Additionally, A-one customized the vats to increase their size after Newman decided to expand the facility to four bays. Each vat now holds 1,000 gallons of product.
“Cleaning solutions are pumped from the vats to the trailers by two 40-hp spinner pumps,” said Ed Wickham, A-One sales representative. “The solution is then injected into the trailers through two Gamajet IV hydraulic-driven spinners attached to A-One-provided, stainless-steel cones. The chemicals are returned to the vats using two 7.5-hp self-priming pumps.
“Newman also chose to include a 20-hp dedicated water rinse spinner pump, which prevents the loss of cleaning solution remaining in the piping of vat systems that rinse with the same pumps used for cleaning.”
Archview also boasts isolated wash systems for hoses, and cleaning out even the toughest products. “Paint trailers are run on our Eliminator kit, which essentially is a mini recirculation system, so it doesn’t stain or soil the solvent vat,” A-One’s Nicole Moser said. “‘Elephant snot’ is run on a separate tote to prevent the polymer from gumming up the piping and main vats.”
“We can do a lot of the hard products most people won’t even touch,” Newman said.
A-One built the galvanized work platform located in the center of the cleaning bays. A 10-hp blower mounted on the platform is piped out to each bay for fast drying. Cleans are punctuated by an exterior wash using a two-step soap and brightener application system, along with a pressure washer for brush-free cleaning.
The entire system is automated, making selecting cleaning solutions and cycle times simple.
“The main cleaning system control panel contains a programmable controller with various cleaning cycles,” Wickham said. “Once the desired clean is selected, the PLC program instructs the system’s air-operated valves to open and close accordingly. Once the wash is complete, all the solution is returned to the chemical vat.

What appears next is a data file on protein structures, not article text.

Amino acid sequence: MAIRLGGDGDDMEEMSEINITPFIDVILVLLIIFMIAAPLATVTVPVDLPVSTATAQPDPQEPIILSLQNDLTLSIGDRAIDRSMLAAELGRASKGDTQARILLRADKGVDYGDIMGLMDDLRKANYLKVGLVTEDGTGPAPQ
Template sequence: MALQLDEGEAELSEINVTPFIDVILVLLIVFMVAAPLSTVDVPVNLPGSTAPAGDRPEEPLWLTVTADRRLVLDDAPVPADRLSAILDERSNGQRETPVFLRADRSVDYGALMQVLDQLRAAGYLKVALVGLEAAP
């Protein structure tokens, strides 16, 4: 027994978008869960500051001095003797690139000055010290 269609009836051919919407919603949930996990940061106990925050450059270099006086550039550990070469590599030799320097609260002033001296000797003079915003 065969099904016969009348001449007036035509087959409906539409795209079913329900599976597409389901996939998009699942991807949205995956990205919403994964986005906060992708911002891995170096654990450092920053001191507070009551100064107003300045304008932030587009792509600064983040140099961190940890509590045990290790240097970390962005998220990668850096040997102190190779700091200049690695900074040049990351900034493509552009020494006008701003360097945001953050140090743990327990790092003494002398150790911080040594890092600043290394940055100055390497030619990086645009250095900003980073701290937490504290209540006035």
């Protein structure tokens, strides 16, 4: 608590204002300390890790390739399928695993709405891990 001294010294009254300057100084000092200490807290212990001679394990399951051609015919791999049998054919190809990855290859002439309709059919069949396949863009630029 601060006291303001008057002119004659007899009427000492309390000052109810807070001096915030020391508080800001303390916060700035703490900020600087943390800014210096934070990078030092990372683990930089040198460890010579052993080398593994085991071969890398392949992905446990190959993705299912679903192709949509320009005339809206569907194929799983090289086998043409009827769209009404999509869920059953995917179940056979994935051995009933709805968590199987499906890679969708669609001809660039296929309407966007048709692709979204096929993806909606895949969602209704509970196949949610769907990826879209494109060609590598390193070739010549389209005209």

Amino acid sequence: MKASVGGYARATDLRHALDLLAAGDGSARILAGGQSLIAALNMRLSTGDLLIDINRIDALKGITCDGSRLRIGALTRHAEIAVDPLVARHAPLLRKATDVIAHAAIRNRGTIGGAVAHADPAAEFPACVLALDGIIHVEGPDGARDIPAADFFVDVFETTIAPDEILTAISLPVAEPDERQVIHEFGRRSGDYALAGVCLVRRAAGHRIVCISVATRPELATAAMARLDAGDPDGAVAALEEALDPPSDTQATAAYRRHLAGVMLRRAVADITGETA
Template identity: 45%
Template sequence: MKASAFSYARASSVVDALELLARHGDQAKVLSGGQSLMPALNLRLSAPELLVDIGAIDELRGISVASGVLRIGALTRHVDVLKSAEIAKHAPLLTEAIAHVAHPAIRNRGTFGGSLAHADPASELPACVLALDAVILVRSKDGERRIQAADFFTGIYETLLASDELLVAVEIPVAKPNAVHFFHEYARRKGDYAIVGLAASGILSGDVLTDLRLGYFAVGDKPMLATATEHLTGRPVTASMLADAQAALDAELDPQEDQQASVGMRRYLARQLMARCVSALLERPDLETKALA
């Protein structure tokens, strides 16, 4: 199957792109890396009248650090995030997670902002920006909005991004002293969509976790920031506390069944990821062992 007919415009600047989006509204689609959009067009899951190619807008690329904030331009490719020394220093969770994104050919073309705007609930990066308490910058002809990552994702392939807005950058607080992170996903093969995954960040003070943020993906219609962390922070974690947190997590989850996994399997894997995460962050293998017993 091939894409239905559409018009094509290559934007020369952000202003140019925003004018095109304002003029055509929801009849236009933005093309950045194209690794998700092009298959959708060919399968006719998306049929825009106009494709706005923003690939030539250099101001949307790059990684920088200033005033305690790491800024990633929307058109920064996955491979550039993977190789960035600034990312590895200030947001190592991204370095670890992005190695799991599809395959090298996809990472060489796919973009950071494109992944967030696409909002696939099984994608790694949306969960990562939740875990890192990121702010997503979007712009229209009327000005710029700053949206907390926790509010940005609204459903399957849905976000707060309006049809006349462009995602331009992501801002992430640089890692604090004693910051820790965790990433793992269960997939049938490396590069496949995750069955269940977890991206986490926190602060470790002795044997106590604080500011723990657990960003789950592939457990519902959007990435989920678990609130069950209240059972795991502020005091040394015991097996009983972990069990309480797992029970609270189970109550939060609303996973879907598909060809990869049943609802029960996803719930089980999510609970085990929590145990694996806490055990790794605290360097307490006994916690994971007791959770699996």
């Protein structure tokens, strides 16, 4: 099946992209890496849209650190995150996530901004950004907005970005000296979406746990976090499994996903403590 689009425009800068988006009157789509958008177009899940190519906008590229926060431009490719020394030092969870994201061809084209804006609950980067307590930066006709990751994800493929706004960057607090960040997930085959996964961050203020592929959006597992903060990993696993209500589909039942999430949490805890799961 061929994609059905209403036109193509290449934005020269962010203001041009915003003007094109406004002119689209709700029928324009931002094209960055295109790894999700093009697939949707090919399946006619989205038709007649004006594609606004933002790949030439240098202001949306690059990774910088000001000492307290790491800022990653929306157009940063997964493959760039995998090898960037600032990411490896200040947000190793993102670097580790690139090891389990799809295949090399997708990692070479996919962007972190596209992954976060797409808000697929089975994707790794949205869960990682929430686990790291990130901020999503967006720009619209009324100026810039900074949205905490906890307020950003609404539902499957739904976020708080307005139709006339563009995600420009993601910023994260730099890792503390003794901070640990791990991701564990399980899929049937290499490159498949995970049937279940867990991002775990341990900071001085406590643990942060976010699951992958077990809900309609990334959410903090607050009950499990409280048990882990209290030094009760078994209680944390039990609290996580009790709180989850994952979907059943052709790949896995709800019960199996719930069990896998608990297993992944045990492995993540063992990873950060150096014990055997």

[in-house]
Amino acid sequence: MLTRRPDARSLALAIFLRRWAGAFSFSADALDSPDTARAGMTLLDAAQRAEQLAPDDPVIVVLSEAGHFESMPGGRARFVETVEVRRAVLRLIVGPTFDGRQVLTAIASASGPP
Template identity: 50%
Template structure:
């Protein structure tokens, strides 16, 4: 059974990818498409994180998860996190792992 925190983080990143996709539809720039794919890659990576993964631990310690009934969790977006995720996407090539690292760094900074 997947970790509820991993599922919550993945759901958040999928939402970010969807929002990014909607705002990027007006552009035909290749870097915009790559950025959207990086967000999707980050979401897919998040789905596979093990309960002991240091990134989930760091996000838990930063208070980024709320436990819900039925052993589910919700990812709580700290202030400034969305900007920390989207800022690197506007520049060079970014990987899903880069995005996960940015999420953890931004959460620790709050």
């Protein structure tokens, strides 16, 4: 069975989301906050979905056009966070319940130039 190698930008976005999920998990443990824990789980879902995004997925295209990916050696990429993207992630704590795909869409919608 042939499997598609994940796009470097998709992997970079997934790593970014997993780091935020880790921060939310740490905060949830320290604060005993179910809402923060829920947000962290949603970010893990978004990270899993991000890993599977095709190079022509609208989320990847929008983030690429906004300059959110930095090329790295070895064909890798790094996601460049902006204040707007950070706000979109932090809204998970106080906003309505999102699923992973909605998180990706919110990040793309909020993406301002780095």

“This system also provides cleaning technicians with control panels at the top and bottom of the work platform.”
The boiler room is equally impressive.
Newman originally intended to have one high-pressure boiler installed, but when a sub-contractor ordered a low-pressure unit by mistake, he refused it, and instead hired St. Louis engineering firm American Boiler & Mechanical to install two 60-hp Fulton boilers. “I call it the most expensive room in the whole building, but it turned out phenomenal.”
Now, with two boilers—complete with full water filtration systems—in house, Archview never has to stop cleaning. “If we’re servicing one boiler, we can operate using the other one,” he explained. “We also have the ability to steam eight trailers at one time, and we return all the steam to the boilers to make the process very efficient.”
Finally, Archview’s dynamic water treatment system sends only properly pH-balanced, thoroughly filtered water into city sewers. The system, sourced from Pump Systems and installed by Blue Sphere Water Technology, features a 10,000-gallon holding tank and two 5,000-gallon batch reactors with impellers that neutralize the pH level—Archview shoots for 7.5 pH—before solids are separated and taken to a landfill.
Newman and son Joshua Newman—who recently joined brothers David Brown (equipment and maintenance director) and Jacob Newman (Newman vice president) in the family business as VP of tank wash operations—also visited the local water treatment facility, and Joshua obtained a Class K wastewater treatment license to ensure proper system management. “[City officials] were impressed by that,” Newman said. “They said people usually try to avoid them, so we explained to them, ‘No, we want to do it right.
“‘We don’t want to hide from you.’”
Newman can’t hide his excitement either. Archview is up and operational, it’s already delivering advantages—and they’re set to double in coming months. “We already did everything necessary to prepare for the next two bays,” he said. “So they’ll be simple to ‘plug and play.’” And when that happens, Newman plans to open up Archview to third-party business—so they can enjoy the same view of spectacularly clean tank trailers.
“I just want to make sure our house is in order, and we know exactly what we’re doing, before we venture out,” he concluded.